Wills Attorney in Alameda County & San Francisco Bay Area

Thinking of updating or drafting your will? While you can do it yourself, the process is complicated and confusing especially when you don’t know where to start. An experienced Alameda wills attorney can guide you through the entire process, from creating your will to filing it with the court system. Your family will be protected in case something happens to you before your time comes!

The Law Offices of Andrew Dósa is dedicated to helping people create their own wills or trusts for themselves or their loved ones – without any legal jargon or technical terms that make them feel uncomfortable about doing so. Our Alameda California law firm offers comprehensive services at affordable rates, making sure that everyone understands what they are signing up for before they do so. Call us today to get started on your last will and testament today!

Create Your Will Today!

When it comes to estate planning, a last will and testament is the first thing that comes to mind. This legal documents lets you provide details on how you want your assets and property to be distributed when you die.

You can draft a will on your own, but it’s best to seek legal help from an experienced trust and will attorney to ensure that your will is legally valid. The Law Offices of Andrew Dósa can help make a will that reflects your wishes and protects your legacy.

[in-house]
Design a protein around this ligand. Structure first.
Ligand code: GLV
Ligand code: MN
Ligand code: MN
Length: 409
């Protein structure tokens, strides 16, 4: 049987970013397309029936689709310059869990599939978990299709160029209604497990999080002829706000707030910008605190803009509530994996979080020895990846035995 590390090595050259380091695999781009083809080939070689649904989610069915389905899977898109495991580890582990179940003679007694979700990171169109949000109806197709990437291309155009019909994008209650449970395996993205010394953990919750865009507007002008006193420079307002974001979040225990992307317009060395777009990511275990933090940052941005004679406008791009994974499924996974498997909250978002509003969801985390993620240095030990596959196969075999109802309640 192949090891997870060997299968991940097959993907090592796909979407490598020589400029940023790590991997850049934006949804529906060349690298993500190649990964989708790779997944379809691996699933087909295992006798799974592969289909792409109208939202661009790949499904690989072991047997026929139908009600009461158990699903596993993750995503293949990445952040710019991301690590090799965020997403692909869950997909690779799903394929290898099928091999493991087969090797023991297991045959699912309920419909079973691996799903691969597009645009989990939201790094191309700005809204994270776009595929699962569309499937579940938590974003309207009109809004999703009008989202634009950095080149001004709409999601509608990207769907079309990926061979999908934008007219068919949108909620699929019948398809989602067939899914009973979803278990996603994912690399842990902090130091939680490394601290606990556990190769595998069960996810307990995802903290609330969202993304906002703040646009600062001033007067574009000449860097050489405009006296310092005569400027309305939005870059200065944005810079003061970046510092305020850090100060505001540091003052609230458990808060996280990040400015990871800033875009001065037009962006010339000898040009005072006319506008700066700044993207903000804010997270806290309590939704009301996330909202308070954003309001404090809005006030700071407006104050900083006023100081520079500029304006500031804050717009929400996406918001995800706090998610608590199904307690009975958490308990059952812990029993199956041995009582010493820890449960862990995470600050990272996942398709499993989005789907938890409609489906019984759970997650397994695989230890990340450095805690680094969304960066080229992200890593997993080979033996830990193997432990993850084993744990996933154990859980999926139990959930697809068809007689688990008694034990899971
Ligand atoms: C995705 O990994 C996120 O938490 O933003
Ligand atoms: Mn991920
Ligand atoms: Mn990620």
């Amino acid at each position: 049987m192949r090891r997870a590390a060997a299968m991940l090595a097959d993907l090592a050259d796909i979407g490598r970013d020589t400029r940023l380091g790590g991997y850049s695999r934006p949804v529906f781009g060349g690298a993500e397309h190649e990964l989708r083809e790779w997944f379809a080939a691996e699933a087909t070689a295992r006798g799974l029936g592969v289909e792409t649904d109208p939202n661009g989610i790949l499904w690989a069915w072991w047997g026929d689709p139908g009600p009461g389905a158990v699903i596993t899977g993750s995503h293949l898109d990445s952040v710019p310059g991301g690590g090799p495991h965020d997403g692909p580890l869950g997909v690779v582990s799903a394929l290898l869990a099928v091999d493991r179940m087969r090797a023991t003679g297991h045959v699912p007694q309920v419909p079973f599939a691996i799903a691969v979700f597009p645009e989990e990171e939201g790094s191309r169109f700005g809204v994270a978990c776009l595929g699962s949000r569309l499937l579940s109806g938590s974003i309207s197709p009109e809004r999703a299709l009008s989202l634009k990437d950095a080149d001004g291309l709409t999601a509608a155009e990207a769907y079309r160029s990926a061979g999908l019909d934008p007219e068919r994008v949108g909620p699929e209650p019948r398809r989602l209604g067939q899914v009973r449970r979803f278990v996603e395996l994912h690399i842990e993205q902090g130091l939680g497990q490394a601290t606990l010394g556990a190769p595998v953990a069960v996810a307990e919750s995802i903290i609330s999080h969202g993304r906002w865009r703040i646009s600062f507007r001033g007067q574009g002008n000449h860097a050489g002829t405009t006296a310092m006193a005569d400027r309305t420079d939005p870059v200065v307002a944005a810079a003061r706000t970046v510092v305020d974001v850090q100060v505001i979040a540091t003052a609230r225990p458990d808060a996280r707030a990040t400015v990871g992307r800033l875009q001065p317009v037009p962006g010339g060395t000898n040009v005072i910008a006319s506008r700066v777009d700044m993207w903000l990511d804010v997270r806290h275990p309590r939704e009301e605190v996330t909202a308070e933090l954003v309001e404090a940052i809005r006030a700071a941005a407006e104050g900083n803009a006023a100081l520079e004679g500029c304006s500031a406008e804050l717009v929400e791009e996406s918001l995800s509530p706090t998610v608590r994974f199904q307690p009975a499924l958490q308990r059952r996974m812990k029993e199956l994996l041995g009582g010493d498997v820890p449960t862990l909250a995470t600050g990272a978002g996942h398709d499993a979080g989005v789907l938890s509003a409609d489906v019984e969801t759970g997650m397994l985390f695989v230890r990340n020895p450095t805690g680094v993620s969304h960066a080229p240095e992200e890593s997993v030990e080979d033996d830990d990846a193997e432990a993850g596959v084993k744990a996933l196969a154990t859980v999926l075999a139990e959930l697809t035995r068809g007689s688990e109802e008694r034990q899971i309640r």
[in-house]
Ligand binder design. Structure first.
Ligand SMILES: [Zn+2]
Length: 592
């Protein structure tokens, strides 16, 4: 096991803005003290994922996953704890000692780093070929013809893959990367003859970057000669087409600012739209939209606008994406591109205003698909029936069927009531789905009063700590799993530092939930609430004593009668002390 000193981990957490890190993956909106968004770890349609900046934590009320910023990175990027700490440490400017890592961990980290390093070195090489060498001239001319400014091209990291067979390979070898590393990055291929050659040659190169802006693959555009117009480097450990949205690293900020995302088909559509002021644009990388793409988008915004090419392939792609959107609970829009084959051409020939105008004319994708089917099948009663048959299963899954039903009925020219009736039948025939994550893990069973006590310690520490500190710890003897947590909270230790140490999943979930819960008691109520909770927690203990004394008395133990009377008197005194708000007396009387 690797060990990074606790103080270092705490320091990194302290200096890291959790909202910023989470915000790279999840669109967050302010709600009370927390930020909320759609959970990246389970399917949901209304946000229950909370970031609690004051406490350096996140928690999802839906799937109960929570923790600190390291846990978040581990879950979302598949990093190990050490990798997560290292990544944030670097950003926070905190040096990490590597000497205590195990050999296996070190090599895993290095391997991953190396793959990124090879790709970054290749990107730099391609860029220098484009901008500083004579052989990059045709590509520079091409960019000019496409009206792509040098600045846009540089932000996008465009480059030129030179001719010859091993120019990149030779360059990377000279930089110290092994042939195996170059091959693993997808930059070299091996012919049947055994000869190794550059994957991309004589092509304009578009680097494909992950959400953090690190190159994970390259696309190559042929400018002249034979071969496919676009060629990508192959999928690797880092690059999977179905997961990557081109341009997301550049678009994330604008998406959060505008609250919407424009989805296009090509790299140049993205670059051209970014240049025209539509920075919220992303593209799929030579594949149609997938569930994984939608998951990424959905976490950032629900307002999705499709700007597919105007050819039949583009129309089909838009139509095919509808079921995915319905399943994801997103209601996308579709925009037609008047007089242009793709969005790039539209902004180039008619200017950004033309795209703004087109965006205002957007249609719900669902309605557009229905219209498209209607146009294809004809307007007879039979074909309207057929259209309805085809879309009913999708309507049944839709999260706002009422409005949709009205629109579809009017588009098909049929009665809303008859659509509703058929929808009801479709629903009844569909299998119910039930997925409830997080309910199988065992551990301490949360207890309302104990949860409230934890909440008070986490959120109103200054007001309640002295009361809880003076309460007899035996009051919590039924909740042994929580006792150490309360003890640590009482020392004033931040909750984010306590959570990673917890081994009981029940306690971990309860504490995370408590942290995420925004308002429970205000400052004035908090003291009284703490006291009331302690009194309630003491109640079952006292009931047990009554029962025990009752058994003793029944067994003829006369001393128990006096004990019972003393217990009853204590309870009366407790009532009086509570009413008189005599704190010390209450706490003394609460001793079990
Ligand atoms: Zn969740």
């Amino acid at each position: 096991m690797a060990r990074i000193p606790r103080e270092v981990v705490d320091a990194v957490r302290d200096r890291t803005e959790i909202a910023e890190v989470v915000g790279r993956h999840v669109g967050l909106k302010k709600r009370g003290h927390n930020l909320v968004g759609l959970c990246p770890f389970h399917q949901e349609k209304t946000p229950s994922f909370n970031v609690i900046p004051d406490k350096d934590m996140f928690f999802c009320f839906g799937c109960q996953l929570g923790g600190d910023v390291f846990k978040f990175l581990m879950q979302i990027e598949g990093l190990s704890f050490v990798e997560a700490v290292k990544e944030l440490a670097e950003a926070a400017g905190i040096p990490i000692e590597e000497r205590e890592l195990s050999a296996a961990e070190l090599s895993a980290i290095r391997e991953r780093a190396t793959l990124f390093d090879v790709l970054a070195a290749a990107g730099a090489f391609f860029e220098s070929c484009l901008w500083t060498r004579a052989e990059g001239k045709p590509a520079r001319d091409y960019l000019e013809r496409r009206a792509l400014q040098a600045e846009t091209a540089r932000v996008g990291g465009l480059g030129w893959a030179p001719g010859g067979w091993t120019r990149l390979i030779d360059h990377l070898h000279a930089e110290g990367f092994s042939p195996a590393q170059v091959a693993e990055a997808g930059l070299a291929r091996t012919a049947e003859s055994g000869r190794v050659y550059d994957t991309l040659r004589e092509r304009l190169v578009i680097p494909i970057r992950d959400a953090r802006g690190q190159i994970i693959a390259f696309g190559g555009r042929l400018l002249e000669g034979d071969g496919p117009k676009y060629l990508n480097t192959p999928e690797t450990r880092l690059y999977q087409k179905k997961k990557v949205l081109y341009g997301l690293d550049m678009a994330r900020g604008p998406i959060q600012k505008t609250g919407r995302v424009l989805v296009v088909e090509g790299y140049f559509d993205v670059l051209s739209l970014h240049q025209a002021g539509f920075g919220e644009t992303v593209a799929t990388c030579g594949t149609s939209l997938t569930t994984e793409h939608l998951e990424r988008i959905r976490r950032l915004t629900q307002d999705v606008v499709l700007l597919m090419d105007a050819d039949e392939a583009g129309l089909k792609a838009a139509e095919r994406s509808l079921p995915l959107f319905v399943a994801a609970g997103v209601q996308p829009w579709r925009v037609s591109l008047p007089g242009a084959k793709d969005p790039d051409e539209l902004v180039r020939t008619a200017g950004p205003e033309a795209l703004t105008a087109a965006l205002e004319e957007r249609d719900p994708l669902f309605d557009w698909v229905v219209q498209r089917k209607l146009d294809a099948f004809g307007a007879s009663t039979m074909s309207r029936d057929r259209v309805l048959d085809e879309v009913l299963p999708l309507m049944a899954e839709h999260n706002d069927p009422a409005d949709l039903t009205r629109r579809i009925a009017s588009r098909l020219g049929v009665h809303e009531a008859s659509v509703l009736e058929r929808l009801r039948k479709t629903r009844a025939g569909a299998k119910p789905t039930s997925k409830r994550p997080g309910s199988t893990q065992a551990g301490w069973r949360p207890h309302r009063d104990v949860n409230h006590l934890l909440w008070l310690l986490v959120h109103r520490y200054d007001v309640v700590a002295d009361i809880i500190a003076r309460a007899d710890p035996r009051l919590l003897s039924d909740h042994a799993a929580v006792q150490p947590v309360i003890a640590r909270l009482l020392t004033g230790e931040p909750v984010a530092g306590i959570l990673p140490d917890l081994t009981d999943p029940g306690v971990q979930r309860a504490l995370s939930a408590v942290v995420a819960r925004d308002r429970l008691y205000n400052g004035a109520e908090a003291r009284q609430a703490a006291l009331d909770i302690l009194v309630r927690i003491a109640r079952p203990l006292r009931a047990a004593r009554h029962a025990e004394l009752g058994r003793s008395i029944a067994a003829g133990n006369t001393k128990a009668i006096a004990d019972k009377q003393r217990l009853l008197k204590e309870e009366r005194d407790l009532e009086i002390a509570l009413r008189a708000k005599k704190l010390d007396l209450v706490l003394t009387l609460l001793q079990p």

Legal questions or concerns?

Our experienced attorney at the Law Offices of Andrew Dósa can answer questions and address your concerns regarding criminal defense, civil litigation, and estate planning.

Types of Wills

If you’re considering adding a will to your estate plan, there are four types of wills you can choose from:

  • Simple Will. In a simple will, you can decide who your beneficiaries will be, determine which assets they’ll inherit, and name a guardian for your minor children.

  • Living Will. A living will is allows you to appoint someone who will make decisions on your behalf if you become incapacitated. Unlike a simple will, this type of will focuses on healthcare decisions rather than affairs concerning your estate.

  • Testamentary Trust Will. You can use a testamentary trust will to place certain assets and property into a trust and name a trustee to manage the trust estate. This is useful in cases where the beneficiaries are minors or someone you think shouldn’t handle the assets on their own yet.

  • Joint Will. A joint will is signed by two parties as a separate will for each testator, and is typically used to allow the surviving spouse to inherit the decedent’s estate. The terms and provisions of a joint will can’t be modified, so make sure to consult with an experienced estate planning attorney who can discuss the benefits and consequences of a will with you.